Above painting: Louis Jean Francois - Mars and Venus an Allegory of Peace
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Friday, July 29, 2011

Introducing Debut Tudor-era Historical Fiction Author, Michelle Diener (Giveaway!)

Today I'd like to welcome a special guest, Michelle Diener to History Undressed.  Michelle and I met online a year or so ago through a mutual author friend, Kris Kennedy, and I was excited to meet her this summer in NYC at the Romance Writers of America national conference. Michelle is as delightful in person as she is online, and on top of that, she is an amazing writer. Without further ado, I'll let Michelle take the floor and tell you a bit about her upcoming novel IN A TREACHEROUS COURT and the vibrant historical figures she's written about...

Thank you to Eliza for inviting me to blog! I thought I'd talk about the heroine of my Tudor-set historical as I count down to the release of my debut novel, IN A TREACHEROUS COURT, which is set in the court of Henry VIII.

The main characters in IN A TREACHEROUS COURT are based on real people. My heroine, Susanna Horenbout, was trained in her father's studio in Ghent (in modern day Belgium), and art historians are sure she was sent over to Henry's court ahead of her father and brother. The hero is John Parker, one of Henry VIII's 'new men', courtiers who were not noblemen, but in the meritocracy Henry began to establish, loyalty, and usefulness, could definitely overcome a lack of blue blood. They are both outsiders, but talented enough, and intelligent enough, to find a place for themselves in the world they find themselves in.

And what a world it is! Aside from the fact that historians know Susanna was sent to London before the rest of her family, and that she worked for her father in his studio, and that her work was highly praised by one of the most eminent artists of the day, Albrech Dürer, there is no record of what she did for Henry VIII as an artist that remains. This gives me a lot of leeway in my work, which is a great plus, but it saddens me that there are no records or works that remain that can be attributed to her. There is a brass plaque in All Saints Church in Fulham, London, which commemorates her mother, and art historians think it is likely the piece is by her, but that is the only thing we have of hers left. We know she was given a gold cup at Christmas by Henry on two occasions, something he gave to those who had rendered him great service during that year, but we don't know what that service was. I have made up something full of intrigue and danger, of course :) .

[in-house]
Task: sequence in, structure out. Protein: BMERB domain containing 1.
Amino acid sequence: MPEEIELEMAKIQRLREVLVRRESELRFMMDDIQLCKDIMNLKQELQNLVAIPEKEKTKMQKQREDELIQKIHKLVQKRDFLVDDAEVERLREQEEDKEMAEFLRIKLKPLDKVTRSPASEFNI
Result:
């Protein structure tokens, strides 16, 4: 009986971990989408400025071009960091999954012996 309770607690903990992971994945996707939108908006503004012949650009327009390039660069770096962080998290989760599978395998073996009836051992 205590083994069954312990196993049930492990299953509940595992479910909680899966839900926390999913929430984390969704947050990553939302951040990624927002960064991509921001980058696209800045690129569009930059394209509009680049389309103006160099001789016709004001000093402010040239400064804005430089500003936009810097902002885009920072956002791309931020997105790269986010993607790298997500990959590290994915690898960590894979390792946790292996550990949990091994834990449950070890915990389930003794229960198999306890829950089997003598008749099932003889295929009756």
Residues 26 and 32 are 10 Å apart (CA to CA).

However, if she did work for Henry as a painter, which seems the obvious conclusion to draw, then she would have been one of only three women who did work personally for Henry at the time - the other two were Anne Harris, who did his laundry, and Mrs Cornwallis, who made the King's puddings. There were four other women employees, but they worked in the laundry as well, and washed the Queen's clothes. Everything else was done by men. It puts into perspective the kind of attitudes and prejudices Susanna would have encountered. And on top of that, she was a foreigner.

All of this, of course, leads me to another mystery, and that is how Susanna and Parker came to meet and marry. The way art historians were able to work out that Susanna preceded her family was a record of her marriage to Parker, which pre-dated the time when her brother entered Henry's employ. How did she come to marry a courtier who, as the Keeper of the Palace of Westminster, held the King's personal purse? Parker was also Yeoman of the Crossbows, and was later promoted to Yeoman of the King's Robes. Henry would usually marry off the daughters of his courtiers to other courtiers, manipulating and balancing the power of his court through these connections. So for Parker to marry an artist from Ghent, with no connection to court? Very intriguing!

As you can tell, I had a great deal of fun writing the books, and loved how much real history I could use to do so. To celebrate the upcoming release, I'll be giving away a copy of IN A TREACHEROUS COURT to one lucky commenter, and I'd love to know, what is your favorite historical period?


Michelle Diener is the author Tudor-set historical fiction. Her debut, IN A TREACHEROUS COURT releases August 2011 and the second book in the series will release in early 2012. Ms. Diener was born in London, raised in South Africa and now resides in Australia. Visit her website for more information on her books (pre-order available!) her writing and her!  http://www.michellediener.com/

16 comments:

Loni Lynne said...

Eliza and Michelle,
Good morning! What a great historical idea and such research to find someone connected to the time frame, yet with very little to go on (great 'what if'--which I am very fond of myself).

I love history--period! English and Colonial American especially. I am an avid fan of our Ren Faire in which tells the story of Henry VIII each year (depicting and rotating through his various wives). Lots of fun! (In fact the picture of me (if it comes up) is in my Ren. dress.